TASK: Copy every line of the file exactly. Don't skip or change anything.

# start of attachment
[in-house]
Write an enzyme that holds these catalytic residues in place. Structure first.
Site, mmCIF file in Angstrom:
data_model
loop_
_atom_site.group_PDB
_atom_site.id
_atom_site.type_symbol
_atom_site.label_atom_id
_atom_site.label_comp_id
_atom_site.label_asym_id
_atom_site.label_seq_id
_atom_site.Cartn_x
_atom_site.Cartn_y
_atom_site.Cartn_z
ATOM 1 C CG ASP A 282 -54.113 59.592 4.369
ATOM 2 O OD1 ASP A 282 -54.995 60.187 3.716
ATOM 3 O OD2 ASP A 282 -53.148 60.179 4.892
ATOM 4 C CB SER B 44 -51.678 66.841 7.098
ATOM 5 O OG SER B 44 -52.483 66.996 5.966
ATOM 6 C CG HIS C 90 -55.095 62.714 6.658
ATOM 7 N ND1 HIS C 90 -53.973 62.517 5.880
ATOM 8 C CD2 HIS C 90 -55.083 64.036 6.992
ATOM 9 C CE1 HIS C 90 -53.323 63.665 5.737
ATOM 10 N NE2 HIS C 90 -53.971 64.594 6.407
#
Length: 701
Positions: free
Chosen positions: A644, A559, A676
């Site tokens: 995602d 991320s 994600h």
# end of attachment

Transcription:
[in-house]
Write an enzyme that holds these catalytic residues in place. Structure first.
Site, mmCIF file in Angstrom:
data_model
loop_
_atom_site.group_PDB
_atom_site.id
_atom_site.type_symbol
_atom_site.label_atom_id
_atom_site.label_comp_id
_atom_site.label_asym_id
_atom_site.label_seq_id
_atom_site.Cartn_x
_atom_site.Cartn_y
_atom_site.Cartn_z
ATOM 1 C CG ASP A 282 -54.113 59.592 4.369
ATOM 2 O OD1 ASP A 282 -54.995 60.187 3.716
ATOM 3 O OD2 ASP A 282 -53.148 60.179 4.892
ATOM 4 C CB SER B 44 -51.678 66.841 7.098
ATOM 5 O OG SER B 44 -52.483 66.996 5.966
ATOM 6 C CG HIS C 90 -55.095 62.714 6.658
ATOM 7 N ND1 HIS C 90 -53.973 62.517 5.880
ATOM 8 C CD2 HIS C 90 -55.083 64.036 6.992
ATOM 9 C CE1 HIS C 90 -53.323 63.665 5.737
ATOM 10 N NE2 HIS C 90 -53.971 64.594 6.407
#
Length: 701
Positions: free
Chosen positions: A644, A559, A676
């Site tokens: 995602d 991320s 994600h």